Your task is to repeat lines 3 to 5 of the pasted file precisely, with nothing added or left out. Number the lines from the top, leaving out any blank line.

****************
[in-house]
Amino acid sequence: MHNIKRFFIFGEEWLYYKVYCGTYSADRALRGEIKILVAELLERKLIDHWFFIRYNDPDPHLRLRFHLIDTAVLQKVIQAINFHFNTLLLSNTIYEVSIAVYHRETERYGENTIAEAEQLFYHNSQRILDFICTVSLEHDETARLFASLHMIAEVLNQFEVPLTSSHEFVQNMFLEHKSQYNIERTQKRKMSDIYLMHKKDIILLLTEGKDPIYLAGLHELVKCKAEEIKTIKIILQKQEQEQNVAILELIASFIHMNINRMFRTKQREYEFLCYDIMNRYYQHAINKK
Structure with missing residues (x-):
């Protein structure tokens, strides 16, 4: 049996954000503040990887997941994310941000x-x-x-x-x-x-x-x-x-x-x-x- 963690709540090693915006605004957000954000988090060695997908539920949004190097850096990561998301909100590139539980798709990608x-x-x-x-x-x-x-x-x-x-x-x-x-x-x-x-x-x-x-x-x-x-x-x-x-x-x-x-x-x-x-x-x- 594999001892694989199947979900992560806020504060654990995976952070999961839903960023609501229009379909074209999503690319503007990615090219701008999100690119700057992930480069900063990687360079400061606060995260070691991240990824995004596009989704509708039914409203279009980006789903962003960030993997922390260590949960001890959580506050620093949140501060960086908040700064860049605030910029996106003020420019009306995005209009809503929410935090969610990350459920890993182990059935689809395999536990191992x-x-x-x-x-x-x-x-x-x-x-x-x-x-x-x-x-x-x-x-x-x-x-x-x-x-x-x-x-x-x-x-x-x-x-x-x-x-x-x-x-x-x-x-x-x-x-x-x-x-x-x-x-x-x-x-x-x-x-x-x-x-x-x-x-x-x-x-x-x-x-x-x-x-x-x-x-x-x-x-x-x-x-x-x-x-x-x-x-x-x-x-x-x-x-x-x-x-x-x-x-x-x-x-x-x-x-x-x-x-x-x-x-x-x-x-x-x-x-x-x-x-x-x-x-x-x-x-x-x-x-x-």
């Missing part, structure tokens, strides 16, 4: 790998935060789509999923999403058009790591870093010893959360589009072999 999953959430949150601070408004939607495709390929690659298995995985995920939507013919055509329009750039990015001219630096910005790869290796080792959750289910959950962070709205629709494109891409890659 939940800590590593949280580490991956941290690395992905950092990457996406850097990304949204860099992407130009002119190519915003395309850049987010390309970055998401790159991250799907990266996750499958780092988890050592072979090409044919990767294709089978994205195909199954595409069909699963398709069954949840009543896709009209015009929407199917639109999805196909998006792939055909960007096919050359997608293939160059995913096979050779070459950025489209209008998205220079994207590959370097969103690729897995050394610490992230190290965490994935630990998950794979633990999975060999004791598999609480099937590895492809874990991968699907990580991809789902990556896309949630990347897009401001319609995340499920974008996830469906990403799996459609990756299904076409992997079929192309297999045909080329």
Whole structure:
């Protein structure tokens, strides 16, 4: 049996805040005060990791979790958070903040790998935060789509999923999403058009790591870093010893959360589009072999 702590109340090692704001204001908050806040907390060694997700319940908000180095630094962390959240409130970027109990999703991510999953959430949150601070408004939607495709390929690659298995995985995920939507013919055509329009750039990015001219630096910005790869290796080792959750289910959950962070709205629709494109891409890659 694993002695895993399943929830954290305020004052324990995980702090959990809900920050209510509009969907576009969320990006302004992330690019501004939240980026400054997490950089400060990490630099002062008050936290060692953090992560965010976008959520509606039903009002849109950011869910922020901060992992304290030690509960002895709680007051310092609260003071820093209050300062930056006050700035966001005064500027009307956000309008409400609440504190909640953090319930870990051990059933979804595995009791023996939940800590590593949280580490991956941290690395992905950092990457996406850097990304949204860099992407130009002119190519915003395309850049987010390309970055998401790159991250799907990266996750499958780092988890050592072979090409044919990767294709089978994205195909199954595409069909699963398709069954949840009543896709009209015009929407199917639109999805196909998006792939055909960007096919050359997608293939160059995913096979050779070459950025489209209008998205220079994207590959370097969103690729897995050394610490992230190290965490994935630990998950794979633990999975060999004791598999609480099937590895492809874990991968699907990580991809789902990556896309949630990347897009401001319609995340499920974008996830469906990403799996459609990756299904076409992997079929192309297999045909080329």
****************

Structure with missing residues (x-):
């Protein structure tokens, strides 16, 4: 049996954000503040990887997941994310941000x-x-x-x-x-x-x-x-x-x-x-x- 963690709540090693915006605004957000954000988090060695997908539920949004190097850096990561998301909100590139539980798709990608x-x-x-x-x-x-x-x-x-x-x-x-x-x-x-x-x-x-x-x-x-x-x-x-x-x-x-x-x-x-x-x-x- 594999001892694989199947979900992560806020504060654990995976952070999961839903960023609501229009379909074209999503690319503007990615090219701008999100690119700057992930480069900063990687360079400061606060995260070691991240990824995004596009989704509708039914409203279009980006789903962003960030993997922390260590949960001890959580506050620093949140501060960086908040700064860049605030910029996106003020420019009306995005209009809503929410935090969610990350459920890993182990059935689809395999536990191992x-x-x-x-x-x-x-x-x-x-x-x-x-x-x-x-x-x-x-x-x-x-x-x-x-x-x-x-x-x-x-x-x-x-x-x-x-x-x-x-x-x-x-x-x-x-x-x-x-x-x-x-x-x-x-x-x-x-x-x-x-x-x-x-x-x-x-x-x-x-x-x-x-x-x-x-x-x-x-x-x-x-x-x-x-x-x-x-x-x-x-x-x-x-x-x-x-x-x-x-x-x-x-x-x-x-x-x-x-x-x-x-x-x-x-x-x-x-x-x-x-x-x-x-x-x-x-x-x-x-x-x-």
């Missing part, structure tokens, strides 16, 4: 790998935060789509999923999403058009790591870093010893959360589009072999 999953959430949150601070408004939607495709390929690659298995995985995920939507013919055509329009750039990015001219630096910005790869290796080792959750289910959950962070709205629709494109891409890659 939940800590590593949280580490991956941290690395992905950092990457996406850097990304949204860099992407130009002119190519915003395309850049987010390309970055998401790159991250799907990266996750499958780092988890050592072979090409044919990767294709089978994205195909199954595409069909699963398709069954949840009543896709009209015009929407199917639109999805196909998006792939055909960007096919050359997608293939160059995913096979050779070459950025489209209008998205220079994207590959370097969103690729897995050394610490992230190290965490994935630990998950794979633990999975060999004791598999609480099937590895492809874990991968699907990580991809789902990556896309949630990347897009401001319609995340499920974008996830469906990403799996459609990756299904076409992997079929192309297999045909080329």